Recruiting rankings are like a double-edged sword in the world of college hoops. They serve a valuable purpose when it comes to evaluating prospects against peers from coast to coast, but there's a strong argument that once a player starts his college career, his high school recruiting pedigree should essentially be thrown out the window. On a grand scale that's probably true, but for five star prospects - the elite of the elite in the sport - it's not always so cut-and-dry.
As far as power conferences go, the Big 12 has been a significant threat on the recruiting scene for a while now. Kansas and Texas continually scoop up some of the country's most sought-after players, and it's with little surprise that these two are usually in the mix for a league title by season's end. Throw in Oklahoma, Missouri, Texas A&M, Oklahoma State and Baylor and you've got a group of seven schools that can all do some serious damage in any given year. There's a strong base here, and it's a big reason why we usually view the Big 12 as one of the three (at worst) best conferences in America.
Quick Big 12 Predictions
When it comes to keeping top end talent around, however, the Big 12 is getting demolished by its competitors. Take for example the 2010 class, one in which the Big 12 landed five of the 25 blue chippers available (according to Scout.com). It was a predictably impressive haul for the league, even after landing six of 25 the year before. And yet only one of those players, Baylor's Perry Jones, is going to be playing college basketball this season. Three went pro immediately (Tristan Thompson, Josh Selby, Cory Joseph), and one never got himself eligible and ended up transferring (Tony Mitchell). Miles away from being a short-term fluke, this type of defection has become a frustrating trend.
It's hard to pinpoint why exactly (blame Texas?), but five star prospects that sign with a Big 12 school usually end up going pro sooner than later. This has been going on for a bit now, although it was hard to stand up and take notice as new recruits of comparable talent were brought in as replacements. The reason this is so telling right now, heading into 2011-12, is because the Big 12 isn't reloading the same rate it usually does.
Here's proof: At this very second there are 62 former five star prospects that will see the floor this season. A total of 57, or 91.9%, come from the six power conferences. The one dominating the field, and likely to be the strongest league in America this year, the ACC has a whopping 17 guys who fit this distinction. Any guesses on how many the Big 12 will send out this season? Fifteen? Twelve? Ten?
It's almost hard to believe, but even that number feels a bit skewed. Baylor, a team that finished third in the preseason voting, owns three of the league's blue chips, and former UCLA big man J'Mison Morgan wasn't even a Scott Drew recruit. Here's a full breakdown:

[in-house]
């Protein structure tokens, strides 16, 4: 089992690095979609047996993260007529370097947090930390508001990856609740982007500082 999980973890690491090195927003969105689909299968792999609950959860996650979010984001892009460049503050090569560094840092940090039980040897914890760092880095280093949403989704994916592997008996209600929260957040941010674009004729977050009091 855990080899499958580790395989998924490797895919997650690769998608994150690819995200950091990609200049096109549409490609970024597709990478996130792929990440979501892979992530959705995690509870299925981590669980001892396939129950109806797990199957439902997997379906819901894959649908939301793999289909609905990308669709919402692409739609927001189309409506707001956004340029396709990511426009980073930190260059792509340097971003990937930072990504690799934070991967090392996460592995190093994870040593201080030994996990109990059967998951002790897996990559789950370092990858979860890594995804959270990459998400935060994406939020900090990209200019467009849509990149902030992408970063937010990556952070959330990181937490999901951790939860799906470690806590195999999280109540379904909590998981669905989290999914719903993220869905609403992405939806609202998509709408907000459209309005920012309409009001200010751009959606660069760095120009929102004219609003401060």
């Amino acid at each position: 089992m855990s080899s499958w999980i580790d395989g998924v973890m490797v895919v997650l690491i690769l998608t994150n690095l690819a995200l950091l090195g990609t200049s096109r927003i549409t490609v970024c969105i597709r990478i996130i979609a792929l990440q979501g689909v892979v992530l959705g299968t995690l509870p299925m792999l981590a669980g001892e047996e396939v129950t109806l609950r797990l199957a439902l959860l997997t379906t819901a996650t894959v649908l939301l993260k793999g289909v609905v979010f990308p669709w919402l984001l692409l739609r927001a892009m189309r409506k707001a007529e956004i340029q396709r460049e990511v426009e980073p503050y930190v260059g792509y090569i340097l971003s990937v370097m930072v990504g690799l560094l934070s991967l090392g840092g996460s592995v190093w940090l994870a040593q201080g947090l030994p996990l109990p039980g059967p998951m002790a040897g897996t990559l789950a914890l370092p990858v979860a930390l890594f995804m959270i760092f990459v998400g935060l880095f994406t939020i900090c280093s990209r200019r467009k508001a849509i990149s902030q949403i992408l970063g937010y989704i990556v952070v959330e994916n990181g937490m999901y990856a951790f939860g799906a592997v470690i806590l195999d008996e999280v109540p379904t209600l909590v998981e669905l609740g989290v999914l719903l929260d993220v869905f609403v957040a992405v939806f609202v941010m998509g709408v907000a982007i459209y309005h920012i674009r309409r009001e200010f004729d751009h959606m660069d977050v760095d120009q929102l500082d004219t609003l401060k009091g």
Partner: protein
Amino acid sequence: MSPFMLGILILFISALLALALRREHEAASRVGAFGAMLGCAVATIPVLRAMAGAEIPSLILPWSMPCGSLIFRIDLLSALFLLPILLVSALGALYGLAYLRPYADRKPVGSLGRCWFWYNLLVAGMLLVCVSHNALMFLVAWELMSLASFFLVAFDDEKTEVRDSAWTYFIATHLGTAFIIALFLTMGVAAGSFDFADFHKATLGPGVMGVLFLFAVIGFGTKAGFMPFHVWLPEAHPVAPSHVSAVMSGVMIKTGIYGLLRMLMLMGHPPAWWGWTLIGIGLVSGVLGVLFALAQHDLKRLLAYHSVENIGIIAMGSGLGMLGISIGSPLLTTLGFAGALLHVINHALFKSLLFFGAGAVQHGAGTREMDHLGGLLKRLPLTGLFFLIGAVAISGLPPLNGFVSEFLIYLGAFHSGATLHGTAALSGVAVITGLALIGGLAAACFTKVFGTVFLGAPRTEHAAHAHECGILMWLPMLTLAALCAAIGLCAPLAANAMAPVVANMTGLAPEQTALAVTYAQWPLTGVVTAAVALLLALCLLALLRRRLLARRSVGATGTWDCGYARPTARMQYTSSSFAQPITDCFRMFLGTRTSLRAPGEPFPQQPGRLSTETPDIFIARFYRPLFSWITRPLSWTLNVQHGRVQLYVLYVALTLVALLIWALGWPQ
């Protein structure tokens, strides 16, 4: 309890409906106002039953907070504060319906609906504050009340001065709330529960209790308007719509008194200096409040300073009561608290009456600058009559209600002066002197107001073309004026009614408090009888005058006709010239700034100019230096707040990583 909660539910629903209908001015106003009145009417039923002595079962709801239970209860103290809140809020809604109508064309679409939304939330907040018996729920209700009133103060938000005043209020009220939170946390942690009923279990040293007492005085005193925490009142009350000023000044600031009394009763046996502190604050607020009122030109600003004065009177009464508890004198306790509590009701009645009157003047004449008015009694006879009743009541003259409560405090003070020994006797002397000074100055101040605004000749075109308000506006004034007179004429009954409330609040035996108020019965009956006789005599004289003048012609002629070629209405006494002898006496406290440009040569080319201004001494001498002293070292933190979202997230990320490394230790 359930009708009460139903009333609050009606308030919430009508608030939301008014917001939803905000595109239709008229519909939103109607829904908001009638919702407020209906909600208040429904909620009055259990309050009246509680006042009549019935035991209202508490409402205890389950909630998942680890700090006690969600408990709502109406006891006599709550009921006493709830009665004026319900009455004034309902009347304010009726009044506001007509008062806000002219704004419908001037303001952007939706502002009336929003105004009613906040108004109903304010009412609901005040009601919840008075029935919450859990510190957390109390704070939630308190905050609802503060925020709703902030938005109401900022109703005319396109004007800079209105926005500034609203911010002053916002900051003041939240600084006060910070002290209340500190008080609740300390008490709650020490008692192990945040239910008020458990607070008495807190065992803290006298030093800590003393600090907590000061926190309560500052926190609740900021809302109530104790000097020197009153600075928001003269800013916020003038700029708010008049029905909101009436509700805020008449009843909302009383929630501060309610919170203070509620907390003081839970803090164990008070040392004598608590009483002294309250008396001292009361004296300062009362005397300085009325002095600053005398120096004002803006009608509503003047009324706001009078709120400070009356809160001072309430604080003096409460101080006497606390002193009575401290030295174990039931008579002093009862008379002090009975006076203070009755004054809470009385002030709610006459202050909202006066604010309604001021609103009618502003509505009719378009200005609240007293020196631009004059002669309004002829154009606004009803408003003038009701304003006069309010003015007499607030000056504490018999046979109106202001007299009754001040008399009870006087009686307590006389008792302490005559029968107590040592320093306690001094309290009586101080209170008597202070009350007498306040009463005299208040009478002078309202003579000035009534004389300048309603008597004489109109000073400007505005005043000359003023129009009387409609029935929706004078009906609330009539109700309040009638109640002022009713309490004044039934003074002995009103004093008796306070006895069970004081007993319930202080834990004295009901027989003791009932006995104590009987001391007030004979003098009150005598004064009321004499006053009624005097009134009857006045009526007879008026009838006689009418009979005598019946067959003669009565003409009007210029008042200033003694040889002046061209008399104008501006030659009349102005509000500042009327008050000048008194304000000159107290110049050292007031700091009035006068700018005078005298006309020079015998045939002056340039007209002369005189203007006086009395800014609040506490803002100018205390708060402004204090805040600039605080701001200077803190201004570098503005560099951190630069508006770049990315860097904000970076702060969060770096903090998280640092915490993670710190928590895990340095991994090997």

|Conference||Total Five Stars|
Even though having a bunch of five stars does not necessarily put a team, or a conference, above the rest, the numbers above are too telling to ignore. When the most talented kids in your league bolt after one year like clockwork, it puts pressure on the coaches to recruit like madmen in an effort to not miss a beat. Big 12 apologists will point to the fact that three 2012 recruits are already headed to the league next year, and more could follow. But the question remains: How many of their peers will even be left over, and who's to say that a similar breakdown next season won't paint the Big 12 in the same light?
Of the four Big 12 teams that were voted into the ESPN/USA Today Top 25 Coaches Poll, none made top ten. There was a time when the concept of this was almost unthinkable based on how the preseason polls are doled out so everyone gets a piece. And yet, based on the breakdown above it's not a total shock that less top-end talent overall equates to slightly lower expectations for the league.
Bill Self's Jayhawks are good, but it's difficult to call them great. The Baylor Bears have the names on paper, but a lengthy tournament run means entering uncharted territory. Rick Barnes and Texas can't seem to hold onto their players, while Texas A&M is a perennial sleeper that also happens to fall asleep every March. Oklahoma State, Kansas State and Missouri are all teams that should have an impact as well, even though it's awfully hard to tell how significant that impact that might be.
This is a conference that has gone through some very turbulent times over the last few months. Nebraska and Colorado were plucked away by rival leagues, and Texas A&M and Missouri aren't going to be around much longer. Heck, there are only ten teams in play this year, meaning that everyone gets to face off twice during the conference season. Like it or not, parity and uncertainty have each crept through the door.
And because of a continuous talent drain, it truly feels like this season will be more wide open than any in recent memory. It's conceivable that there isn't a single great team in the Big 12 by season's end, and instead a handful good ones capable of making some noise. If you want fiercely competitive nightly battles at the conference level, then the Big 12 could be the go-to league this season. But if you're seeking out a national title frontrunner, then you might need to look elsewhere.